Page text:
Foundation trusts are drawing up plans to freeze automatic pay increases in a move which could affect up to half a million NHS staff.

HSJ has spoken to foundation trusts in five of the 10 strategic health authority regions which say they desperately need to freeze Agenda for Change increments in order to make cost savings of 4‑5 per cent a year for the next four years.

If you are concerned about keeping your job in the long term, then you will be alive to the trade-off. Enlightened staff will be thinking that

As yet, no foundation trust has gone public with its plans and all hope the Department of Health or the Treasury will heed their quiet lobbying and implement a national freeze instead. However, some have indicated to HSJ that they are prepared to go it alone if necessary.

Any halt in increment increases would sit on top of the two year cost of living freeze announced in the June emergency Budget.

The majority of staff on Agenda for Change contracts move up one increment on their pay scale each year - ostensibly to reflect their growing skills and experience. To a staff member at the bottom of band 5, a single step up the pay scale increases their pay by 2.9 per cent.

A number of foundation trusts - such as Salford Royal - have already implemented partial increment freezes for staff with high sickness absence rates, and most are attempting to implement more stringent tests before allowing staff to climb a step up their pay scale each year.

HSJ has now learnt that a handful of foundation trusts are preparing to take this policy further, while many more are waiting for others to take the first leap before they follow.

One chief executive of a foundation trust in the North told HSJ: “Yes, we are prepared to push the button. We are canvassing other FTs in [the region] to hopefully gain a group of hospitals who can go together.”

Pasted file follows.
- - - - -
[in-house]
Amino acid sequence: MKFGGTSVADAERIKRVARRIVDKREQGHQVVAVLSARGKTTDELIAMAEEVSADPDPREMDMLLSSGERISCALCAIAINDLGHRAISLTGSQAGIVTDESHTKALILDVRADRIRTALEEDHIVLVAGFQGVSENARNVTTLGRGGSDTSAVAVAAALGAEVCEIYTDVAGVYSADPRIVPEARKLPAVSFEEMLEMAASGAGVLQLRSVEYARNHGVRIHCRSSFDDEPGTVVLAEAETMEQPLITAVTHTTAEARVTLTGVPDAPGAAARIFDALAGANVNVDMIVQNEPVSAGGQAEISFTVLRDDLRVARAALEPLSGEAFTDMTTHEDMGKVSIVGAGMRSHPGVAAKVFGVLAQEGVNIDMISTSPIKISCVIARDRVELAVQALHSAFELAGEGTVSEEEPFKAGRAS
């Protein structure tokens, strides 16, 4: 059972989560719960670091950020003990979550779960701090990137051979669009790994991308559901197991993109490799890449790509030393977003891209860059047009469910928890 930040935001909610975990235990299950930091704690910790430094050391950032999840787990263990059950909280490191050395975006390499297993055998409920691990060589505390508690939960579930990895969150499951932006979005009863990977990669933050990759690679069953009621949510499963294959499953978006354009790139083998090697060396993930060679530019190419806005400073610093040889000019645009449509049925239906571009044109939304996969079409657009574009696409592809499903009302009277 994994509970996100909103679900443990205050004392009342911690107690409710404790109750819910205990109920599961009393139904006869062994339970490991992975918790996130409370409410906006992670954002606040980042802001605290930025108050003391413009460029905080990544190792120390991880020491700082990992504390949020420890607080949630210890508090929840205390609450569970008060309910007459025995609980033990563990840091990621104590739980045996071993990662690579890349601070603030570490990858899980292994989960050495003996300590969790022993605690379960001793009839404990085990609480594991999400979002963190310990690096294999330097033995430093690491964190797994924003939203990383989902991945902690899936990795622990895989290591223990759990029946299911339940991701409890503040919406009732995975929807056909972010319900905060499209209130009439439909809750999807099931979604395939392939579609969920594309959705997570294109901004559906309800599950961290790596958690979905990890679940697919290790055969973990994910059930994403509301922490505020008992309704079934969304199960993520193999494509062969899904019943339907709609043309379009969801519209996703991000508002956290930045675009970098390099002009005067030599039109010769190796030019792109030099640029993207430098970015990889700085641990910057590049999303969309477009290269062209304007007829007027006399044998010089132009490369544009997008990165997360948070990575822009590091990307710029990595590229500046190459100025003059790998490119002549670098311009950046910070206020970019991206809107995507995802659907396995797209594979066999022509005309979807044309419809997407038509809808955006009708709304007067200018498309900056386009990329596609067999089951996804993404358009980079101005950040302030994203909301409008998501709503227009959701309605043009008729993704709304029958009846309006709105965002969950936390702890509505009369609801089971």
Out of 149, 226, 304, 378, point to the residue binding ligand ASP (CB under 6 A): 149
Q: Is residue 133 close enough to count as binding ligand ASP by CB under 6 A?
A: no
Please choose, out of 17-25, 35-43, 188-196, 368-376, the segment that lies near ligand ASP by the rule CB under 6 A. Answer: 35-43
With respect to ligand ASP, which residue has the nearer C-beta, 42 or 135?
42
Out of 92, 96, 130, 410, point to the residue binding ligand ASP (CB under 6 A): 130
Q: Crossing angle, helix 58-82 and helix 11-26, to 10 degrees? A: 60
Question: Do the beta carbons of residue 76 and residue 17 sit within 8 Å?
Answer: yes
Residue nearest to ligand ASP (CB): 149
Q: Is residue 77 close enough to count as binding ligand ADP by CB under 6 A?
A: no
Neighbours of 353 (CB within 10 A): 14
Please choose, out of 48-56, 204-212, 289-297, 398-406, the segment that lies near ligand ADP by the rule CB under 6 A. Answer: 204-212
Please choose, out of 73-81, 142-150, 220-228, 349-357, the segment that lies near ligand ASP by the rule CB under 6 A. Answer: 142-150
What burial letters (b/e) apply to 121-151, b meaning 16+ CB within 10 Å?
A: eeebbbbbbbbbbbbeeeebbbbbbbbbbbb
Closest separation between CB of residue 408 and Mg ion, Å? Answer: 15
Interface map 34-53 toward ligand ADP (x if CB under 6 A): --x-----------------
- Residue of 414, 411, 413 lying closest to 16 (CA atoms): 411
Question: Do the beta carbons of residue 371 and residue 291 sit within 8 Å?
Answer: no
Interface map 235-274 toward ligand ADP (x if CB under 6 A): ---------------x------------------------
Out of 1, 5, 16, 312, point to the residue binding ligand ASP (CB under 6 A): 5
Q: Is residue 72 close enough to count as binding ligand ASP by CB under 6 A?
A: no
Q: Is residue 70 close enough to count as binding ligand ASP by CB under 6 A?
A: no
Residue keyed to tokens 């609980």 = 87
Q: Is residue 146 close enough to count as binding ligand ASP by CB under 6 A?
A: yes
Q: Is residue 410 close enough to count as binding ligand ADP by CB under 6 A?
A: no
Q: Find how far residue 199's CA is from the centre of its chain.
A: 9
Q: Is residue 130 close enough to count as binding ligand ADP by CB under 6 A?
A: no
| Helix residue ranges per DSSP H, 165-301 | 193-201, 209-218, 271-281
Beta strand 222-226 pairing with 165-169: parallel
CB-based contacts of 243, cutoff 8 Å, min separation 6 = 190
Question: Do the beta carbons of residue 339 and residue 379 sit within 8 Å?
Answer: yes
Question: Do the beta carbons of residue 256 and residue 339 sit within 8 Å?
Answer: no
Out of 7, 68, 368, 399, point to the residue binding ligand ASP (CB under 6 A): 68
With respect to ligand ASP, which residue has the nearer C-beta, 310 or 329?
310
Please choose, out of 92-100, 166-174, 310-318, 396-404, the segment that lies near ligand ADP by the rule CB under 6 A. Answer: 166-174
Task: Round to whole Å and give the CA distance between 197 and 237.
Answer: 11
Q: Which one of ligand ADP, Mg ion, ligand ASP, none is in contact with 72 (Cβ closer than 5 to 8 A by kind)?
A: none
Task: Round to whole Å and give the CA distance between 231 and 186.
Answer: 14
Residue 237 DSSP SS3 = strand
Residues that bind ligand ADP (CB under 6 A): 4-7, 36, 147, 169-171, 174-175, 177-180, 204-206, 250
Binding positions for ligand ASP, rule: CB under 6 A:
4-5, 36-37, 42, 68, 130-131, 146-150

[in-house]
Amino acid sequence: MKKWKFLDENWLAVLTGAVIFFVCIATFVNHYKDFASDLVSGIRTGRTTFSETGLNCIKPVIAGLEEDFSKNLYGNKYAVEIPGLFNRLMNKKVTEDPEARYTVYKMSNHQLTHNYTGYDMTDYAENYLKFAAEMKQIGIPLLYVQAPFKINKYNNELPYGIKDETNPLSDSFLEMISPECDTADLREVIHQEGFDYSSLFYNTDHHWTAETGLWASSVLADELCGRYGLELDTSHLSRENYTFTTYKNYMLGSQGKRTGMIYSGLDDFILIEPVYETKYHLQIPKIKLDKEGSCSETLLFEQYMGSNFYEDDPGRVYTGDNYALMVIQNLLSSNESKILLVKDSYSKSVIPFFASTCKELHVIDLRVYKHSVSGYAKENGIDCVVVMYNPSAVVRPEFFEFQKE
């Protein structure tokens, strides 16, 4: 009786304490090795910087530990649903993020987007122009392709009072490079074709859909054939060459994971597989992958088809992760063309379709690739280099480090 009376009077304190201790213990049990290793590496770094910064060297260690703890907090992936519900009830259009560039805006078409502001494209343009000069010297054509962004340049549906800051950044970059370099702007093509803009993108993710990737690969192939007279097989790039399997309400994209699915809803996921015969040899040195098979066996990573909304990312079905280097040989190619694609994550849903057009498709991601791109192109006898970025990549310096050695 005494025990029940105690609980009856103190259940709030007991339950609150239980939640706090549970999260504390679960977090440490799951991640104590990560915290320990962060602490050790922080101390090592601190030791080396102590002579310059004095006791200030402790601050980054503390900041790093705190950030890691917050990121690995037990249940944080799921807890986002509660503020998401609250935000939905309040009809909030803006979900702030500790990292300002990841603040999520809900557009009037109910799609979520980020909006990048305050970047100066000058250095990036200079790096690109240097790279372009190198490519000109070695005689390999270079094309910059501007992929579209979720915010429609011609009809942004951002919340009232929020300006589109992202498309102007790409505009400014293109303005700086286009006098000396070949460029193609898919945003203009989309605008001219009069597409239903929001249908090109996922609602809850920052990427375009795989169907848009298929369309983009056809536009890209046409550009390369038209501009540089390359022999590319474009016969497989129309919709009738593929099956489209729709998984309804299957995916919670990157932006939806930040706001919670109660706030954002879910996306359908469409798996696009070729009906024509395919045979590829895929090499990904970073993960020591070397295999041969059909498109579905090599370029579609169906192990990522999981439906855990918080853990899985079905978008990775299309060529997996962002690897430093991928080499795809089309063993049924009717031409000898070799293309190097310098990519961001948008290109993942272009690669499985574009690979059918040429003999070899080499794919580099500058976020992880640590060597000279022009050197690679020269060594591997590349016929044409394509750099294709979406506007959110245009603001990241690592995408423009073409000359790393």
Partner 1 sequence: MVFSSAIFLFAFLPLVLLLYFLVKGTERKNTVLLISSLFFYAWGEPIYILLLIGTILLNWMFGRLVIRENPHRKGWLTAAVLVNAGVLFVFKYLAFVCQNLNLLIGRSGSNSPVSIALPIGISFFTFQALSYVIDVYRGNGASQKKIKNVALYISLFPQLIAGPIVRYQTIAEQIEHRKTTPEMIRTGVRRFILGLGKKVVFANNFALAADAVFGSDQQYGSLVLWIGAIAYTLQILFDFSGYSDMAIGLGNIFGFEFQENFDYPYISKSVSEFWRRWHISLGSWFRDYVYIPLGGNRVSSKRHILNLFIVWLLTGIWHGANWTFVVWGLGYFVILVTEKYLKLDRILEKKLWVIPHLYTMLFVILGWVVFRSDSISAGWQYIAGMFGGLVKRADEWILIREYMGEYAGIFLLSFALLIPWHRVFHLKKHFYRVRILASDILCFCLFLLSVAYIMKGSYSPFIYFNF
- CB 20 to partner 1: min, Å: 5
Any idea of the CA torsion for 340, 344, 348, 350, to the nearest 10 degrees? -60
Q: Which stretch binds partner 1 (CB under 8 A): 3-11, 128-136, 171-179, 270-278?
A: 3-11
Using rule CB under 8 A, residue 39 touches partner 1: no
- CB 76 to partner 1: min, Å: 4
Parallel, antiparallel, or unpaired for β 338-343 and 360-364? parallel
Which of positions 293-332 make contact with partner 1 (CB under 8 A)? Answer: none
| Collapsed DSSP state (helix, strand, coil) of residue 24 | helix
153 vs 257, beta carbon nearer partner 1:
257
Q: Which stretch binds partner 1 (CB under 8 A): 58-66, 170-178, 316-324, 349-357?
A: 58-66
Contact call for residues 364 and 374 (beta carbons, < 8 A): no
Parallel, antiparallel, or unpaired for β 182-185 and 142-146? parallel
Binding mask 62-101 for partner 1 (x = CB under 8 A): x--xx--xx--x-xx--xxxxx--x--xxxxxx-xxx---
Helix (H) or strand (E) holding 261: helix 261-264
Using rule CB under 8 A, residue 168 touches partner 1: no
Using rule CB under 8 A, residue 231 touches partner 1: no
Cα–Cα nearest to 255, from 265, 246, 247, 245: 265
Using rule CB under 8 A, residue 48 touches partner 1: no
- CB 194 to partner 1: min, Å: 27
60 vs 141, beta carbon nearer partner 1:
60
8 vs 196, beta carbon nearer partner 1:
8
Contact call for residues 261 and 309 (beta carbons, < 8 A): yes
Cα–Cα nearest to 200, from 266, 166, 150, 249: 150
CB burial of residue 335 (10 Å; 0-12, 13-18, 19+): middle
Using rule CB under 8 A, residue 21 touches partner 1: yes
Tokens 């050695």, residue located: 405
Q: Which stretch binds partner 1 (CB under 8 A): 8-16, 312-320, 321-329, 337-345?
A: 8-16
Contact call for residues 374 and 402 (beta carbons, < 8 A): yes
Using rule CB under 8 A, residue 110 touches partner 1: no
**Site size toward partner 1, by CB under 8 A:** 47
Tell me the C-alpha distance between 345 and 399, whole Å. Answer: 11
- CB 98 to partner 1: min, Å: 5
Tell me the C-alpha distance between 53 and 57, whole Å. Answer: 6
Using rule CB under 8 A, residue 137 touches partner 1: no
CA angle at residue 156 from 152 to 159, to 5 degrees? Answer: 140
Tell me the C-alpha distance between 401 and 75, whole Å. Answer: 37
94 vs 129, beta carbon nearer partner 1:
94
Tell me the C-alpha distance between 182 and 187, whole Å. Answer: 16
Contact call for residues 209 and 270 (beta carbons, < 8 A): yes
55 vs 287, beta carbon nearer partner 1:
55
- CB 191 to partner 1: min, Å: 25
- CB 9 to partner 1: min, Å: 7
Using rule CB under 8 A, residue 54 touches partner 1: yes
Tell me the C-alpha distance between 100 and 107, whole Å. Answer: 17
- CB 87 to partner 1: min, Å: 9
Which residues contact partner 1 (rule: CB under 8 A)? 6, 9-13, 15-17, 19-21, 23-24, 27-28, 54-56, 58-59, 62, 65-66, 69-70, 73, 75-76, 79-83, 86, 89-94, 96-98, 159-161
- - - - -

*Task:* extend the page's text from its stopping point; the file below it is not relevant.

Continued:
“We have debated the issue at board [level] and almost went alone this year. We may [still] need to even if no one else joins us.”

The finance director at another northern foundation trust told HSJ that the total cost of annual increments to an average acute hospital was equivalent to around 1.2 per cent of annual income - about £3m on average each and £360m across the entire foundation trust sector.

The director said at their most optimistic, acute trusts might hope to find around half of their 5 per cent annual cost savings from areas other than pay.

This leaves an average foundation trust with an income of around £230m with a further £6m to cut each year - equivalent to 180 posts with an average salary of £33,000 a year or 720 jobs over four years.

The finance director said the choice was a clear one between jobs or pay increments. A four year delay would save 360 jobs.

The finance director said: “The end game in this pay bill/workforce trade-off is simple. With no growth in the system, each £1m we save on incremental progression saves 30 posts that would otherwise be casualties.”

The trust is in the early stages of drawing up a contract it plans to present to existing staff to sign on a voluntary basis in exchange for guarantees around redundancies. New staff would not have the choice.

Earlier this week it emerged that Norfolk and Norwich University Hospitals Foundation Trust had told staff it wanted to introduce a separate contract for new recruits and staff members changing role.

Proposals include blocking incremental progression for the first two years of a new contract, as well as paying only the statutory minimum sick and maternity pay during that period.

A spokesman for the trust said: “Staff are by far and away the biggest cost to any acute NHS trust and we are looking at ways of making savings on those costs.”

The Norfolk and Norwich proposals will not affect the majority of existing staff. However, foundation trust chief executives have told HSJ they want an increment freeze that does.

One chief executive from central England said: “We’re looking at reducing increments or stopping increments or having a freeze for a couple of years. We’re hoping this will come as a national agreement - a freeze for a couple of years.”

Foundation Trust Network director Sue Slipman told HSJ she did not believe there would be a national deal as the government wanted to avoid a confrontation with unions.

Only foundation trusts are able to set local terms and conditions. NHS trusts and primary care trusts must follow national deals.

Ms Slipman said this left foundation trusts in some areas needing to balance their desire to freeze increments against the possibility of losing good staff to a competing NHS trust.

However, a counterweight was the uncertainty staff at non-foundations had about the future of their organisations.

Ms Slipman said: “If you are concerned about keeping your job in the long term, then you will be alive to the trade-off. Enlightened staff will be thinking that.”

The hurricane of protest over NHS pay can be calmed by honest debate